The EU supports the development of high-performing, sustainable and interconnected trans-European networks in the areas of transport, energy and digital infrastructure. It set up the Connecting Europe Facility (CEF) as a dedicated financing instrument for the 2014-2020 period, to channel EU funding into the development of infrastructure networks, help eliminate market failures and attract further investment from the public and private sectors. Following a mid-term evaluation, the European Commission ...

The EU supports the development of high-performing, sustainable and interconnected trans-European networks in the areas of transport, energy and digital infrastructure. It set up the Connecting Europe Facility (CEF) as a dedicated financing instrument for the 2014-2020 period, to channel EU funding into the development of infrastructure networks, help eliminate market failures and attract further investment from the public and private sectors. Following a mid-term evaluation, the European Commission proposed to renew the programme under the long term EU budget for the 2021-2027 period. In the 2014-2019 term, the Council and the European Parliament provisionally agreed on the content, leaving aside the budget and the questions relating to third countries. Negotiations resumed in the present term, reflecting the Commission’s revised MFF proposal of May 2020 and the European Council conclusions of July 2020. Final details were agreed on 11 March 2021. The agreement has already been confirmed by the responsible parliamentary committees TRAN and ITRE, and the Council subsequently adopted its first-reading position on 14 June 2021. The Parliament is expected to vote at second reading during the July plenary session. Once adopted, the new CEF regulation will apply retroactively from 1 January 2021. Fifth edition. The 'EU Legislation in Progress' briefings are updated at key stages throughout the legislative procedure.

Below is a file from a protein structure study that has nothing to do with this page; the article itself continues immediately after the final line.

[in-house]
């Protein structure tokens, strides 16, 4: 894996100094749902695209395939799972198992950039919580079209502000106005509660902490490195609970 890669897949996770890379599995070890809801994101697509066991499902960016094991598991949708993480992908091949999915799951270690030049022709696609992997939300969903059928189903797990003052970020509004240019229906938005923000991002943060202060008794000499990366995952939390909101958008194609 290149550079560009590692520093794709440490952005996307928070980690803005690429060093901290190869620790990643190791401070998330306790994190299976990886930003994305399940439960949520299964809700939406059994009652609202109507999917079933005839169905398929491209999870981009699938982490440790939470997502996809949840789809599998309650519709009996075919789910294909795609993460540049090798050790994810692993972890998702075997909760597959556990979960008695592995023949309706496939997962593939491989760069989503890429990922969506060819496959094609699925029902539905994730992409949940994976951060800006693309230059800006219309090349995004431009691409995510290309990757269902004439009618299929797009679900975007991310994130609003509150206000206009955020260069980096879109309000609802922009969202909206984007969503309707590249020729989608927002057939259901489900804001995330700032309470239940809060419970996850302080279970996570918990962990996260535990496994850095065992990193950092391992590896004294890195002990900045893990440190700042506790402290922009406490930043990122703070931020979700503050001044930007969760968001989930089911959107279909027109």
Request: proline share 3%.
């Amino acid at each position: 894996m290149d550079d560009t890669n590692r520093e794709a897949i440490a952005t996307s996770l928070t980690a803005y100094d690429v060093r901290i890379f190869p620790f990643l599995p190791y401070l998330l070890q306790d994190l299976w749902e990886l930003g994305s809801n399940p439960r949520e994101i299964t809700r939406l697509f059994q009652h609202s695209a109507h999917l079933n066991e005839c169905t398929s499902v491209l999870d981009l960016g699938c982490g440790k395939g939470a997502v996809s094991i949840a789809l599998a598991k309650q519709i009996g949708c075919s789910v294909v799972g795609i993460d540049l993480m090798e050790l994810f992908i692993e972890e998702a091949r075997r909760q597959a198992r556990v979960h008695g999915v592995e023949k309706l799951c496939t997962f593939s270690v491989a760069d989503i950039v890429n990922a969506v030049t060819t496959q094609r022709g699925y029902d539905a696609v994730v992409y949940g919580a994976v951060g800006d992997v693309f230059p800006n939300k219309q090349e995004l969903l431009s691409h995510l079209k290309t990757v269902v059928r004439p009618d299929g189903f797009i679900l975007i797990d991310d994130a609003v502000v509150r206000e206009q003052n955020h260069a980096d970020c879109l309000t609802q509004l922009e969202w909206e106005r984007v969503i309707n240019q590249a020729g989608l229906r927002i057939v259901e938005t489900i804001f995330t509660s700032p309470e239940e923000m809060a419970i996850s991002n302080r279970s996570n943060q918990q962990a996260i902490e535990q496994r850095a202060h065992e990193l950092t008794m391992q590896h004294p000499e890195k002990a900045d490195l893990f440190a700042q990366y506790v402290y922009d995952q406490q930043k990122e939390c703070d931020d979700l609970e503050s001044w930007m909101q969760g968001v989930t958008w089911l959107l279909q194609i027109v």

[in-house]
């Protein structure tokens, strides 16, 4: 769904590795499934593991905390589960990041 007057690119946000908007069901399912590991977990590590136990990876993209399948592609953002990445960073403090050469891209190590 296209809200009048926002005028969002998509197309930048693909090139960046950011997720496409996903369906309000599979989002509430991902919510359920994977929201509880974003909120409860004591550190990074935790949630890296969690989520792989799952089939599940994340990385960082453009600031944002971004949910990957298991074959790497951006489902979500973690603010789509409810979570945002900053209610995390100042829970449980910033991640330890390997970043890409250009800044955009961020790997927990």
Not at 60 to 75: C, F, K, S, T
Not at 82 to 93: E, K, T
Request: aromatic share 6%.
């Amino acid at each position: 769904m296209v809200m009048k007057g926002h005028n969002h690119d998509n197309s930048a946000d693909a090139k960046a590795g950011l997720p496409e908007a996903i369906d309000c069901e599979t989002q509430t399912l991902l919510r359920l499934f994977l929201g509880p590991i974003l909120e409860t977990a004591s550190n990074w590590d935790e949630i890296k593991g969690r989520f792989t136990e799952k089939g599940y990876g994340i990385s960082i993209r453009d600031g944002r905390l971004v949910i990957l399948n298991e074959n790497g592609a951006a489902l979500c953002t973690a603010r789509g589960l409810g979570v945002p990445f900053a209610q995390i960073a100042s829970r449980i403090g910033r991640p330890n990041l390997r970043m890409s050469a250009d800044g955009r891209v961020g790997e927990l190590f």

European Regional Development Fund and Cohesion Fund 2021-2027

21-06-2021

In the context of the 2021-2027 Multiannual Financial Framework and the cohesion policy package for the same period, the European Commission adopted a proposal for a regulation on the European Regional Development Fund and the Cohesion Fund on 29 May 2018. The proposed regulation lays down the rules for the implementation of these funds, including thematic concentration requirements and eligible activities. The European Parliament is due to vote at second reading during the June II plenary session ...